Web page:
Should your elected officials have the authority to tell you what you can eat or drink? New York Mayor Michael Bloomberg is, to his credit, one of very few politicians in the United States willing to engage in any way with threats to public health. He has been very concerned about the toll obesity has taken on the residents of his city. So he decided to cast an evil eye on “big gulp” sodas.
Specifically, His Honor proposed that no business in New York City should sell soda and other sugary drinks bigger than sixteen ounces. Keeping humongous containers of Coke, Pepsi, Mountain Dew, A&W root beer, and other such calorie-infested potions off-limits might help trim the ever-expanding girth of New Yorkers.
The mayor is right to be concerned about obesity. It is an epidemic that is not only killing millions of Americans and countless more people worldwide, but it is also driving the cost of healthcare through the roof. That said, should the mayor or any other public official be scouring the shelves where you shop to make sure you avoid unhealthy drinks like 7-Eleven’s sixty-four-ounce Double Big Gulp?
Mayor Bloomberg’s proposal got exactly the sort of response you might expect. A few academics cheered and noted that the available evidence supports the wisdom of smaller portions in helping people lose weight. Everyone else was driven into an ethical frenzy at the prospect of losing their God-given, fundamental constitutionally guaranteed right to drink pop from a trough if they so desire.
Demonstrators showed up at city council hearings with signs reading “hands off my bladder” and “I can pick my own drink.” Restaurants, convenience stores, and theater groups indicated that the harm done to their fiscal solvency by prohibiting the sale of jumbo drinks was incalculable. Libertarian foundations and lobbying groups began the familiar invocations against the nanny state. The media more or less emitted a collective snigger.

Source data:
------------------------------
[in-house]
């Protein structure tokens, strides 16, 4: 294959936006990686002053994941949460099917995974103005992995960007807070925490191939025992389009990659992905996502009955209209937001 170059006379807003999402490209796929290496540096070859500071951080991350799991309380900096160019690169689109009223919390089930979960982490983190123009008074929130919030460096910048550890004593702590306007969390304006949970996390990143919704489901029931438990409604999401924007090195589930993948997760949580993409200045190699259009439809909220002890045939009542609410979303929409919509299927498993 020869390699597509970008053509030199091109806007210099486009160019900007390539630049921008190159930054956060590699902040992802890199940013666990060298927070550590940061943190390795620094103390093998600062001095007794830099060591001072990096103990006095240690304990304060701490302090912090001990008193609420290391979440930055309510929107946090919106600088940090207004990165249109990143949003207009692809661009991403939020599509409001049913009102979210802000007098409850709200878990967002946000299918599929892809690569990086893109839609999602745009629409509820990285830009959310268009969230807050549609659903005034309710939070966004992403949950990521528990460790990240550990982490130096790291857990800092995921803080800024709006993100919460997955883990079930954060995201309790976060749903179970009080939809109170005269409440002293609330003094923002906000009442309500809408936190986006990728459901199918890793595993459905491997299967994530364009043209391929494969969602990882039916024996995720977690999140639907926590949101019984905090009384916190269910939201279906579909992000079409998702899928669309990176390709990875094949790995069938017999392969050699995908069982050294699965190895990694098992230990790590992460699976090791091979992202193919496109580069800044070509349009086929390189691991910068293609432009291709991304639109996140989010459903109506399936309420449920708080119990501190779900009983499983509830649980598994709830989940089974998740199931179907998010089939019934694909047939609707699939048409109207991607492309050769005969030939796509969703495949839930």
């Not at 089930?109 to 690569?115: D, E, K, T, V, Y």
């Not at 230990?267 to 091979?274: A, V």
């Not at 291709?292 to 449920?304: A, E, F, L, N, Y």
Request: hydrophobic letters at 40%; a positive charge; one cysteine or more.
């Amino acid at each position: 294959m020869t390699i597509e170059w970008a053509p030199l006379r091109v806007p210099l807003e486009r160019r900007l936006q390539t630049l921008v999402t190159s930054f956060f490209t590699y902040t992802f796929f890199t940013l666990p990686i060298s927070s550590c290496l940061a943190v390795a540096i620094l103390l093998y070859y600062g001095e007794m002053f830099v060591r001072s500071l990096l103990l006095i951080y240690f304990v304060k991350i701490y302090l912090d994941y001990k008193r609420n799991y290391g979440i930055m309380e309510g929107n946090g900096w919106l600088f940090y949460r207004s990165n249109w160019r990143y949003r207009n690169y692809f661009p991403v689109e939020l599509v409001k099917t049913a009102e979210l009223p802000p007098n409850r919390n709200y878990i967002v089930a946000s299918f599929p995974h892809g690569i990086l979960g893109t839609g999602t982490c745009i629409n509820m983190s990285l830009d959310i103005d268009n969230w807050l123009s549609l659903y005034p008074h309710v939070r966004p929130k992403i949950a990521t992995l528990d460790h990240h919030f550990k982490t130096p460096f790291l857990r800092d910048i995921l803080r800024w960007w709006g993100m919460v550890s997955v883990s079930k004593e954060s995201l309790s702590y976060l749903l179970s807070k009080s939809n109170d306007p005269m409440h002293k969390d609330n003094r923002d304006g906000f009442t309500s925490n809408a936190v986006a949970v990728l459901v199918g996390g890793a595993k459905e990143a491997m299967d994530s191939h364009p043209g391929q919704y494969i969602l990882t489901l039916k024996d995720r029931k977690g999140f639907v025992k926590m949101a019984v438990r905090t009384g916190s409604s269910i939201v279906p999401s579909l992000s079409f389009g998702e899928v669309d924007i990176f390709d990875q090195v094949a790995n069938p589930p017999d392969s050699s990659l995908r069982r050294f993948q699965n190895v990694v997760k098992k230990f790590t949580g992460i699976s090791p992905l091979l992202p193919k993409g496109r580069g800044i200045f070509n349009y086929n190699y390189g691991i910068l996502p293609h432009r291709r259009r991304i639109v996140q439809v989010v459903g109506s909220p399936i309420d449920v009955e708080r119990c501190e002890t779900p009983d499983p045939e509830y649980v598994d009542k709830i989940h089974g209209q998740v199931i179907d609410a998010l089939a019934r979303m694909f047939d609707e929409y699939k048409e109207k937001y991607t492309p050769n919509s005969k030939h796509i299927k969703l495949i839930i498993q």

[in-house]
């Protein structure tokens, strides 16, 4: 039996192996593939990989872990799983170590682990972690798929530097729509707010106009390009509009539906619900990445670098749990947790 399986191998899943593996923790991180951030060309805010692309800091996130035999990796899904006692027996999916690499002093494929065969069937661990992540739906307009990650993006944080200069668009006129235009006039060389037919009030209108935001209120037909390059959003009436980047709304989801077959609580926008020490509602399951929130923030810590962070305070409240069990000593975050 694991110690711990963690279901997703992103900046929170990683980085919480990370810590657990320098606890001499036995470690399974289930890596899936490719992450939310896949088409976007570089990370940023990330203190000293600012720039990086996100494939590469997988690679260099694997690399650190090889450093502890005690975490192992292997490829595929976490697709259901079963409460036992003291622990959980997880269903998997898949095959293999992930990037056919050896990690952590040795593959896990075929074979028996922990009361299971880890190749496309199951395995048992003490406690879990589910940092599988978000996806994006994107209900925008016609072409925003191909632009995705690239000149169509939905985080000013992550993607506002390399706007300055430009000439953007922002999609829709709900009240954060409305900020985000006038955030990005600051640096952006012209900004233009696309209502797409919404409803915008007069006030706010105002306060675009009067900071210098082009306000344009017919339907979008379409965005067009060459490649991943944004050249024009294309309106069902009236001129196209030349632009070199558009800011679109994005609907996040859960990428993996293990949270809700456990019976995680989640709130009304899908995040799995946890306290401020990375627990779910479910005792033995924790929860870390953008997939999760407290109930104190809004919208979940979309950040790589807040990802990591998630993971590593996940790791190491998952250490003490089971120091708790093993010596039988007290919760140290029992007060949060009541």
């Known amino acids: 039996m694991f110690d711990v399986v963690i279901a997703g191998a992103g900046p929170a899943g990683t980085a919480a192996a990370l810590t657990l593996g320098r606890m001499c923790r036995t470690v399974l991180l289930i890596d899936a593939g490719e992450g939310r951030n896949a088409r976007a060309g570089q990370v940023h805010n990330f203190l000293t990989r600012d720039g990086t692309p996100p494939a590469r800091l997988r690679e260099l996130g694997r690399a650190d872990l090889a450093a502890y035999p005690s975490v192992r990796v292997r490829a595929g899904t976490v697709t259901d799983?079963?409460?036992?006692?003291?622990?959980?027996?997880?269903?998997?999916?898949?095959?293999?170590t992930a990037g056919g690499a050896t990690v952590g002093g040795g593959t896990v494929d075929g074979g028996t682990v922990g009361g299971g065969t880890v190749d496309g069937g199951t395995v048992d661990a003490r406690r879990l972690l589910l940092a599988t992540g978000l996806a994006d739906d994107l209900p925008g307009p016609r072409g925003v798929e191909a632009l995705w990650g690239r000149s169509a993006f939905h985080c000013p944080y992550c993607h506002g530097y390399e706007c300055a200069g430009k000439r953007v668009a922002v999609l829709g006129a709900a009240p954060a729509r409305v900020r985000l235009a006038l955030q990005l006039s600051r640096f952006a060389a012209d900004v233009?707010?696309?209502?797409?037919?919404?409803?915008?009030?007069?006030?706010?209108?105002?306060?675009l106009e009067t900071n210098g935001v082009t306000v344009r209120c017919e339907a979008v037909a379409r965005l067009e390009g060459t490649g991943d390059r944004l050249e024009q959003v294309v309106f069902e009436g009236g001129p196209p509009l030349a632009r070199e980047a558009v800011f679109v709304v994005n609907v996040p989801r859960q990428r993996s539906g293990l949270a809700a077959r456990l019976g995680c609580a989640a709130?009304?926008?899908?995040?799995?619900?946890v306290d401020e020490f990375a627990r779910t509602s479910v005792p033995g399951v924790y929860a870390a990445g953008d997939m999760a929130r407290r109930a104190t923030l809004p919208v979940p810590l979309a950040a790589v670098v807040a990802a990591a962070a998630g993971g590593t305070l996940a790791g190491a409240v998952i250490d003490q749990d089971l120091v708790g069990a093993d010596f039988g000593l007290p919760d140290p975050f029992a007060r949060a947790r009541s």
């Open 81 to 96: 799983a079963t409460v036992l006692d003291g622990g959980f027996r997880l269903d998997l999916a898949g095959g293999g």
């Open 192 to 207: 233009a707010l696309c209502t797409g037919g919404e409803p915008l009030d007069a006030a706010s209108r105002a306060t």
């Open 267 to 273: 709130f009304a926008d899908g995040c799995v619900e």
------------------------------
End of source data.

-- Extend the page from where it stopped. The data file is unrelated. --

I admire the mayor for taking on gigantic portions of food and drink as a source of obesity. Anyone who has been to Europe or Asia and compared their portions to ours and then compared their mass to ours knows what I mean. I also know that a ban on big sugary drinks is both unfair and unlikely to have any impact on the obesity epidemic.
It is unfair because anyone who wants to can buy four twelve-ounce cans of soda or forty-ounce bottles of beer—or bags of candy, boxes of fried chicken, or, in New York, a pastrami sandwich the size of your head. No ban is proposed on any of these belt-busters, and as long as these titanic amounts of food are readily available, banning large servings of sugary soda is to try to bail the obesity ocean.
But that is not the point. The ban on large sugary drinks has triggered a conversation and maybe has made some people more aware of the need to watch their portions. Maybe that is what the mayor intended. After all, you can sometimes do good just by talking big.